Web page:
When you are ready to begin your garden or starting over you have to know what each plant requires. Most veggies and fruits need full sun. With the exception of lettuce, you can get away with part shade, especially in Miami. The next thing you need to be aware of is the height of your plants. Most likely you will be buying a mix of goods and maybe need to trellis something. Make sure the item you plan on trellising goes to the back or are not going to block sun from other plants. My garden beds get full sun from East to West, so my plants begin to descend in height from East to West. That way as the sun moves, my shorties are not blocked from the taller plants like my trllised cucumber and tomatoes. Check out this quick little sketch below for reference (lol) thanks procreate.


I have a compost bin and whether I'm prepping a new or old bed I like to mix in some fresh compost and organic soil together to keep it healthy. Although rain is great, it can sometimes wash away some nutrient if your bed or container isn't draining properly and the soil looses its power. So compost, worm castings from home or your local farms will be a great treat for your plants and you will see them thrive! If I don't have enough compost and want to get a really good healthy punch of compost enriched soil, I purchase tubs of soil from Little River Coop and I can either purchase at their farm on Saturdays or have it delivered to my door!


After a couple years of figuring out a routine, I'm fertilizing my plants every two weeks to give them the boost they need. The more mix of plants you have in one bed the more you want to be on top of this because the bigger fruiting plants will be sucking it up rather quickly. Find what I feed them HERE.


Ok my favorite is having the right swag when it comes to gardening because It's gotta look cute but also be practical. The majority of the hand tools I love are in our amazon favs gardening section, but if I had to narrow it down for sure get a "Dibber" for seeds," Sankaku Hand Hoe" it's great for weeding and shoveling for planting, " Hori Hori" which is good for digging out crops and chopping tough roots, and good "Garden Clippers" for harvesting your crops. You can find a variety HERE.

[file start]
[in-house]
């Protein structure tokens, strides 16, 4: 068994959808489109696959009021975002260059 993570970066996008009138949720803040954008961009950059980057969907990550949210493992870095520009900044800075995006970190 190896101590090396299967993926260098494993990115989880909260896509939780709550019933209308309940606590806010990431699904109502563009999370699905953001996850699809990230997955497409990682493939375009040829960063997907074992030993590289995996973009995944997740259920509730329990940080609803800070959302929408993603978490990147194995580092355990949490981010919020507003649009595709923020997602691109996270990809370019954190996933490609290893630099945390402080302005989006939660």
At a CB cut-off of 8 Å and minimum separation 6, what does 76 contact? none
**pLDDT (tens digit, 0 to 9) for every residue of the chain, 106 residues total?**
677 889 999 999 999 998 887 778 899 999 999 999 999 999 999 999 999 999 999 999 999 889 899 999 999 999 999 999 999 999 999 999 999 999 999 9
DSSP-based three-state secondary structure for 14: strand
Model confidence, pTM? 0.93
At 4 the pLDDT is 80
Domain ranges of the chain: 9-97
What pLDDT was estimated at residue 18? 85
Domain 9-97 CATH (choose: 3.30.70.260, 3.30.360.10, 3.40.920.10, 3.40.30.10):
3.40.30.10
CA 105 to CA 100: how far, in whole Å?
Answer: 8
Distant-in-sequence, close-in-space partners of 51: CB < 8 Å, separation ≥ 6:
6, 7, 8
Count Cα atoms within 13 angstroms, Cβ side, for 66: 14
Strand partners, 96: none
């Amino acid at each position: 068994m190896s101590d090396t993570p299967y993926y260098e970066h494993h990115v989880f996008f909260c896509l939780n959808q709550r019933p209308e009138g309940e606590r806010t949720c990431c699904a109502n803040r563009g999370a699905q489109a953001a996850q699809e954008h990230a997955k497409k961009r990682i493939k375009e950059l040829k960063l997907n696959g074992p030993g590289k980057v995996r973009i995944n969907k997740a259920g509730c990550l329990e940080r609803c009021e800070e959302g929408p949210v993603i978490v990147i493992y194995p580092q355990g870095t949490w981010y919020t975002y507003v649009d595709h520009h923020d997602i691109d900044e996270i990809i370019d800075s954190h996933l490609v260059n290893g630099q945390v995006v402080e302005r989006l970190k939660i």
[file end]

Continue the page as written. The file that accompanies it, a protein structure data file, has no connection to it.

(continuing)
Lastly a half apron (or full apron if you get dirty easily) to have some of these tools and other things like gloves, seed packets etc. for easy access. I personally love NATURE SUPPLY CO. They are absolutely the cutest and have the exact aesthetic I appreciate in all things garden and farming accessories. They are so many to choose from check out their aprons and more HERE. The two I own are below!


I hope with these extra tips that I've tried and proven true, that you will get the inspiration to start your garden or begin again. It's been a really nice treat trying out different methods and growing new crops along the way. I hope to keep exploring advances and sharing with you all new improvements, as I continue to to dig deeper into the world of gardening/farming. Maybe even plan a chicken coop, lol however my yard is a tad too small for my current home, but I do have plans for the future to expand. Until then, the best thing to do is plan for that future project and luckily I have two friends who own chicken coops and goats! So just cause I don't have one now, doesn't mean that blog post is too far away from sharing tips (expect tours at my friend's coops)! Can't wait to bring you along with me two their unique backyards right here in the city of Miami!

Let us know if you are in zone10b, tag us with your garden projects using #b2bgardens

so we can share inspo and tips together!

Happy Planting and Happy Spring.

Recent Posts

See All


bottom of page